All this is pretty heartbreaking or horrifying in the context of the story we're reading and the tragedy we know is approaching. It's a more subtle or disquieting effect when I think about how it applies to my own life. As I read this article, I couldn't help but think about the long electronic trail I've left behind. How many times, when I've been joking around with good friends online, have I typed a sentence that, devoid of context, could one day return to haunt me? It wouldn't be difficult to cull through the tens of thousands of IMs and emails I've written, pull out a dozen or so quotes, and portray me as… well, as whatever you wanted to show me as. A monster, a sissy, a bully, a Democrat, a Republican, an atheist, a fundamentalist Christian. Heck, even just going through the 600+ blog posts I've written on this site over the last few years would provide tons of fodder for the scandal mill if I ever were to become newsworthy (though I do pity the person who'd need to sift through all the treatises on Sid Meier's Civilization, postmodern literature, and British detective shows).
The simple fact is, I approach all IM, and to a lesser extent email and blogging, as conversational. I spout off whatever occurs to me, which may or may not line up with what I'd choose to write if I was working in a medium that felt more permanent and less ephemeral. Because I'm usually communicating with friends, who know my idiosyncrasies and with whom I share a deep well of valued popular culture, a lot of what I "say" draws on the accumulated shorthand of our relationships, a kind of Chris King argot: when I say that I'm bringing the Necronomicon to a cabin in the woods, I'm not REALLY admitting to a desire to engage in demonic rituals; I'm invoking the night back in high school when we watched an Evil Dead marathon over Halloween, and implicitly expressing optimism that we'll have as much fun now as we did over a decade ago. When I warn someone that I'm made of poison, I'm not REALLY expressing a desire to kill everyone I come in contact with; I'm invoking Topato, who… um… okay, it's a little complicated. You have to already know it, or it's impossible to explain.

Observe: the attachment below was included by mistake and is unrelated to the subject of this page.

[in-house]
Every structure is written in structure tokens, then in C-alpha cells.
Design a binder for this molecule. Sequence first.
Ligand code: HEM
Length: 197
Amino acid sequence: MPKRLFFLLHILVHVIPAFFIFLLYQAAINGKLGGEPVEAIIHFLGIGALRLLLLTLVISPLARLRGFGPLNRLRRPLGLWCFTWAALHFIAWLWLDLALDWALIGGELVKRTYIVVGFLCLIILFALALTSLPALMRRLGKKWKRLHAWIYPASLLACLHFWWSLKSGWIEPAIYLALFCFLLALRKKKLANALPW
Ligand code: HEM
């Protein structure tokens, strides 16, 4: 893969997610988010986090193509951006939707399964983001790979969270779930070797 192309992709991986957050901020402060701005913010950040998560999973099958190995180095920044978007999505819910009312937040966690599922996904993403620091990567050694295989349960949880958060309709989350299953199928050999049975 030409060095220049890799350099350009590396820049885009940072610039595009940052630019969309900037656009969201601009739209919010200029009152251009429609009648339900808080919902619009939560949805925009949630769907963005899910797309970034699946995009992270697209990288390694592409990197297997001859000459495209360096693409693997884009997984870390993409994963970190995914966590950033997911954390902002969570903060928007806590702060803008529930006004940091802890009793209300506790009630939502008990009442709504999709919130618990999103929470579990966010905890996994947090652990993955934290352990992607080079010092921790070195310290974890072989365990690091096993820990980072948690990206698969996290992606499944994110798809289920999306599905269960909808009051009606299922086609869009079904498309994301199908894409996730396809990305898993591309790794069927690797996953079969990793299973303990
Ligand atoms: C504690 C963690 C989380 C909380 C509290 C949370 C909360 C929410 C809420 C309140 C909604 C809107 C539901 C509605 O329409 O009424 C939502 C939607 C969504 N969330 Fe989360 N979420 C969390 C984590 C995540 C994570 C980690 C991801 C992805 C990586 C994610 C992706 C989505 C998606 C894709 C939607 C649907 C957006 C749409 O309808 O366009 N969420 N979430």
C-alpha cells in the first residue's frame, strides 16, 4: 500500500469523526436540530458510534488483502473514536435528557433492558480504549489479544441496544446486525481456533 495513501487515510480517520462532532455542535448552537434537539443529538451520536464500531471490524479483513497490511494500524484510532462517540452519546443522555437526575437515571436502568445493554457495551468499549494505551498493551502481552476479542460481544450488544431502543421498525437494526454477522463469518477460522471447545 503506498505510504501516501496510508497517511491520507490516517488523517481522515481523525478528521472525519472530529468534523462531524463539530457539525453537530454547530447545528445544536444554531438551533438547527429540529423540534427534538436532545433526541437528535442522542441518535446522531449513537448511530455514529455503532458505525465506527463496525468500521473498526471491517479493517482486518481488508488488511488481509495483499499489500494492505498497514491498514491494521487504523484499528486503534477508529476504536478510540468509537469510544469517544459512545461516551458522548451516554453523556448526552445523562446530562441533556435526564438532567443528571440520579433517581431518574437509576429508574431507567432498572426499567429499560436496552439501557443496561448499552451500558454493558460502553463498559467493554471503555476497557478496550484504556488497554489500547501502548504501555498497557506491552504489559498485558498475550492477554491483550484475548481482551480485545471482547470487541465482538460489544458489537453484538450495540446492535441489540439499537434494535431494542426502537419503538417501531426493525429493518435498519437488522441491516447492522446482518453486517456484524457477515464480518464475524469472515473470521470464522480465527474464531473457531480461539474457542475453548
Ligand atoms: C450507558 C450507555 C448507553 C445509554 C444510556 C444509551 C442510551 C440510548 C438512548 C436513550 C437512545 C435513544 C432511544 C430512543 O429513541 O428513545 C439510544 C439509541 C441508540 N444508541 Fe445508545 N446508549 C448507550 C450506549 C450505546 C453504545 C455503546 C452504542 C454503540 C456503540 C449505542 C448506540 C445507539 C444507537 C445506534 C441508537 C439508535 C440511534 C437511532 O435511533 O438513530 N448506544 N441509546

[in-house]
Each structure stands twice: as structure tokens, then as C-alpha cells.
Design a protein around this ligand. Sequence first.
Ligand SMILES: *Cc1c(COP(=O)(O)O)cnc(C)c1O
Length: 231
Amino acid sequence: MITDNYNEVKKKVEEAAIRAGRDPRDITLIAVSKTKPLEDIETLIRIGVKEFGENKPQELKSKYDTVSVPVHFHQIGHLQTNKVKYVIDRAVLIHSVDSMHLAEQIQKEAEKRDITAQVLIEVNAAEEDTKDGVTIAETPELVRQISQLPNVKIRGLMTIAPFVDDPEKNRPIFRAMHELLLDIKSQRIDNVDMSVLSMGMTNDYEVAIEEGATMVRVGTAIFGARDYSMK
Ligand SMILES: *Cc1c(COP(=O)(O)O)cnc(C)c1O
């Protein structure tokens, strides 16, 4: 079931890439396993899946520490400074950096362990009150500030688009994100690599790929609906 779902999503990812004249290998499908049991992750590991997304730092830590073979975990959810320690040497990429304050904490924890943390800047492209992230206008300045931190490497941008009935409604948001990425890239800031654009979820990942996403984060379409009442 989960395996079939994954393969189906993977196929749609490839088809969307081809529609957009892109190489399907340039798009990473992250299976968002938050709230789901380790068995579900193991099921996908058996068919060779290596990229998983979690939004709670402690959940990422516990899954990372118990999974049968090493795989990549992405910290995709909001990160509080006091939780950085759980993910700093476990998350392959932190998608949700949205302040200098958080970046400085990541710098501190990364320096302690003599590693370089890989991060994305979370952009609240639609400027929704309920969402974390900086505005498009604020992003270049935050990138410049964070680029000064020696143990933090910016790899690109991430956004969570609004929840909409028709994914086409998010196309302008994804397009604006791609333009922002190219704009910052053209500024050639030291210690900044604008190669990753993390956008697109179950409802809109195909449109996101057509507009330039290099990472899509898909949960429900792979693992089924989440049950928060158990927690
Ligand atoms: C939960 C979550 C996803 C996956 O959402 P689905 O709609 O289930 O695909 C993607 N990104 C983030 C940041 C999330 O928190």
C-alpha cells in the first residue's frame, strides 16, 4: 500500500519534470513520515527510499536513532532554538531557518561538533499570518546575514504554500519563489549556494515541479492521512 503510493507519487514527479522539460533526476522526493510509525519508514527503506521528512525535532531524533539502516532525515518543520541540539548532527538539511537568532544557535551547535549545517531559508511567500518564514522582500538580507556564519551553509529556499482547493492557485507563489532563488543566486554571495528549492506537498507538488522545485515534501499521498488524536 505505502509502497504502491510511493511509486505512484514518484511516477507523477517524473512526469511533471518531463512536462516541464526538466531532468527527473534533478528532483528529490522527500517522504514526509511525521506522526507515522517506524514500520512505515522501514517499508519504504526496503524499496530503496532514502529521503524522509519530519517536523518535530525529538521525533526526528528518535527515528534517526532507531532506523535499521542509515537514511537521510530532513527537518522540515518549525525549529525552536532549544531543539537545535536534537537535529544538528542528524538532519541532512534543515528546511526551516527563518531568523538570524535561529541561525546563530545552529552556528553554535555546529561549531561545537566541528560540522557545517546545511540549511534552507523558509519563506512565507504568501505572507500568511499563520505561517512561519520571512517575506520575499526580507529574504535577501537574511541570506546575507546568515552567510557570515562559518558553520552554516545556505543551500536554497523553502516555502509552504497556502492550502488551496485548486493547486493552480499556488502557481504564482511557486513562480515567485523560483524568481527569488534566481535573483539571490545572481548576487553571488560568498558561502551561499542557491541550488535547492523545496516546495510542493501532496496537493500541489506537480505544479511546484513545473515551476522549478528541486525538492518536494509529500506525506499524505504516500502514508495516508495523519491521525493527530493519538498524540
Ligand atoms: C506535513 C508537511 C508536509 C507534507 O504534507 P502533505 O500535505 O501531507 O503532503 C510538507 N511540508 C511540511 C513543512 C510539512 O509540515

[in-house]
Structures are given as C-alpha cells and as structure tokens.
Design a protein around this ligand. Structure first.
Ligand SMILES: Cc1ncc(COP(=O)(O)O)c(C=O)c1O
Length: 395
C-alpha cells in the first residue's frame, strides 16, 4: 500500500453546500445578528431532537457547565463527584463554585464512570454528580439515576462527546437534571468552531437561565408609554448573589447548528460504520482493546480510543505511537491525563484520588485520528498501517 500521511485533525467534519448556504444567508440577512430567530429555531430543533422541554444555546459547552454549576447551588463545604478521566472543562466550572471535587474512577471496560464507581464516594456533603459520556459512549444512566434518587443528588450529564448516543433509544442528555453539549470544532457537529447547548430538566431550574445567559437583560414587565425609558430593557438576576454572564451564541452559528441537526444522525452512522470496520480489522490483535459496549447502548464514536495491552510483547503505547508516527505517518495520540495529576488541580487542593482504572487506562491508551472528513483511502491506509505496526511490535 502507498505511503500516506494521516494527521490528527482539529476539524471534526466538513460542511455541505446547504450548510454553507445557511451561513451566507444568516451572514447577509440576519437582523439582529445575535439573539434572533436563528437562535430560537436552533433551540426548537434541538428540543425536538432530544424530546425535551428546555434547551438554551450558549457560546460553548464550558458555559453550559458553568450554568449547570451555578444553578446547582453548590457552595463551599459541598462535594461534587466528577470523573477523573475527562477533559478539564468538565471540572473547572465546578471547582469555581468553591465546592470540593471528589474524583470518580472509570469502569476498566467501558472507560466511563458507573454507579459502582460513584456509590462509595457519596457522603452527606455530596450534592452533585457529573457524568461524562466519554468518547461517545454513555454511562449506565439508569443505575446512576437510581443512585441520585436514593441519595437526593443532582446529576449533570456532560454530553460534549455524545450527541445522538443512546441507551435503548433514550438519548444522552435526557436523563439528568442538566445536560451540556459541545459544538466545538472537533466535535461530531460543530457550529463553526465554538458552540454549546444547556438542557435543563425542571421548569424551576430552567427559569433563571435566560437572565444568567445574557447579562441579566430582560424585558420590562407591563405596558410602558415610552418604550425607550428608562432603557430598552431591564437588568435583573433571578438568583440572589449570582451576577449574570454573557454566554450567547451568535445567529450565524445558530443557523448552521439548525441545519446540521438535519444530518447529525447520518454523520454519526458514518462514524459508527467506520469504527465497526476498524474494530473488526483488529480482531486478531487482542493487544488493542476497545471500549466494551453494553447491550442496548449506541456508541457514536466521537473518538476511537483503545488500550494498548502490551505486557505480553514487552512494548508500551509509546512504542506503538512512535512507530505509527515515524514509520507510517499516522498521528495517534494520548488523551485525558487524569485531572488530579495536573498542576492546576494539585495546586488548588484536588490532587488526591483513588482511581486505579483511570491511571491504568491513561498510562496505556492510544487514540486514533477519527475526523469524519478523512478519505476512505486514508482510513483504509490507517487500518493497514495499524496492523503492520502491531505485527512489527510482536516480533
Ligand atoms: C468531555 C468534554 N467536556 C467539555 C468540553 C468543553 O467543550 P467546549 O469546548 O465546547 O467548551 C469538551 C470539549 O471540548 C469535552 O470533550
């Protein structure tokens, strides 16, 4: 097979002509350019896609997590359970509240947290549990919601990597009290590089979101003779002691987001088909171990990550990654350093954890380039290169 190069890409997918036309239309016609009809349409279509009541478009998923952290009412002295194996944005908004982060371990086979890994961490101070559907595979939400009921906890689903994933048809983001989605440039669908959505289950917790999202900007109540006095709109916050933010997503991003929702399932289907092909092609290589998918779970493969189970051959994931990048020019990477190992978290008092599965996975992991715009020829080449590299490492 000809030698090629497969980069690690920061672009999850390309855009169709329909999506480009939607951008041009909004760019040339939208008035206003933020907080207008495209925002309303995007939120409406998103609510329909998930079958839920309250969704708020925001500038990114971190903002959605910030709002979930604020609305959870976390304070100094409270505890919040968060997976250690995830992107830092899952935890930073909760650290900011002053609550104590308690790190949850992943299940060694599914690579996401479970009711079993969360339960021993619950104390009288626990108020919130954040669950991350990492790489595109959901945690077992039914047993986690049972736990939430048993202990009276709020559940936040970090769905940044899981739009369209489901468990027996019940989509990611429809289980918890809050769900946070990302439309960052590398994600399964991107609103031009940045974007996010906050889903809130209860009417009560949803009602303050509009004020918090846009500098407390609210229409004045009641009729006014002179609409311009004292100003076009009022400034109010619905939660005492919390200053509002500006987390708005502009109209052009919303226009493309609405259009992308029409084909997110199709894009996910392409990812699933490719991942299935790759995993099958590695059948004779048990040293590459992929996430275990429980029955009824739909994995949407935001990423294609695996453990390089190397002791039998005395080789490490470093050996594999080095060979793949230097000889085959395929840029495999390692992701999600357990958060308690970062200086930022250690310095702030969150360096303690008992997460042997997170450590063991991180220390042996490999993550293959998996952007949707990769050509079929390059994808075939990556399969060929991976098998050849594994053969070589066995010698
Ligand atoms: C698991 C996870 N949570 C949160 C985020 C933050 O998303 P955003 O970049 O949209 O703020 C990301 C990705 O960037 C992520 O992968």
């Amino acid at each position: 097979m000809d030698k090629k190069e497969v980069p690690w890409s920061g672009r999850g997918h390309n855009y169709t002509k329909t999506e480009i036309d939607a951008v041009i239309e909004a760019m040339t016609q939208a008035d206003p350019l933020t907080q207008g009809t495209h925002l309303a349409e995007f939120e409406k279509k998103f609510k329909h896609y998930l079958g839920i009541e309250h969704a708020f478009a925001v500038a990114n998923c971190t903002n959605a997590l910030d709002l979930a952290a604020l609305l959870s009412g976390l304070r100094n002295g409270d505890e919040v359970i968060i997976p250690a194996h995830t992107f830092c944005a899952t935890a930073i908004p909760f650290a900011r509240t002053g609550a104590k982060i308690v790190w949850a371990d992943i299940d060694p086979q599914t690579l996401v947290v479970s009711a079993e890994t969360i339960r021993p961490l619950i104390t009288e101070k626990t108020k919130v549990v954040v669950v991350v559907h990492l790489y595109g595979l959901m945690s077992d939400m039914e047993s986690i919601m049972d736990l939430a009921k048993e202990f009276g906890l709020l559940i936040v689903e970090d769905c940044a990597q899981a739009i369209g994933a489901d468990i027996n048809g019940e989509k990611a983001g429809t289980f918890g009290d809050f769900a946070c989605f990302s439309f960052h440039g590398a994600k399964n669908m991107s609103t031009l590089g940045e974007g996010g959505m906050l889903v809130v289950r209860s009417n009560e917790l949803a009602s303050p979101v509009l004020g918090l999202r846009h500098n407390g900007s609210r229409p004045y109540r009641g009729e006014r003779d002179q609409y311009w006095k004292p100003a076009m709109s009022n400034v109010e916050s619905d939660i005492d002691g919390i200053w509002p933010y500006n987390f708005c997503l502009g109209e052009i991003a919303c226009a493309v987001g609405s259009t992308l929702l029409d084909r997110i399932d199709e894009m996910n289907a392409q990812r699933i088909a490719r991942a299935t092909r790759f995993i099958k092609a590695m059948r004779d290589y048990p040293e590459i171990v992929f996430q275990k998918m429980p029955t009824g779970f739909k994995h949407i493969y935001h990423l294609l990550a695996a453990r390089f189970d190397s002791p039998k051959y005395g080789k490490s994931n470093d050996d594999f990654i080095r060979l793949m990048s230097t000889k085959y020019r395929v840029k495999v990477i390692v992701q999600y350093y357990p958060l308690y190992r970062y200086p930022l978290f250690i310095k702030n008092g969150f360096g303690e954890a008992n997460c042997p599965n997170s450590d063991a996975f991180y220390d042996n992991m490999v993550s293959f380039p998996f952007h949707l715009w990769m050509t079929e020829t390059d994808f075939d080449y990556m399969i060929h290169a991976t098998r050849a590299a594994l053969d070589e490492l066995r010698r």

Anyways. The article has been a huge cause for reflection on my part, and I'm still not sure what the take-away should be. I've been aware forever that online information stays around indefinitely, and that anything you write can be traced back to you; but there's a huge difference between knowing a fact, and having it presented to you in the form of a tragedy. Part of me wants to do a full sweep: take advantage of Google Chat's "Off the Record" feature, use a PGP plug-in for AIM, don't post on message boards, delete my Facebook account. Really, though, I benefit a lot from all those things. I've debated before about "Off the Record," and have decided that there have been enough times that I've been happy to look up a conversation months later (or, conversely, been bummed when I haven't been able to find a chat lot from AIM or another service) that it's worth keeping that data in Google's hands. And, really, the statistical odds of my babblings ever becoming of interest to the public at large are so small that my even considering the possibility is probably megalomaniacal of me.
But, again, that's just my own reaction. I think that this is a big deal, and something that will only grow more important as our online identities take a larger share of our total identity. Everyone should think long and hard about what kind of trail they're leaving behind, and what that trail says about them.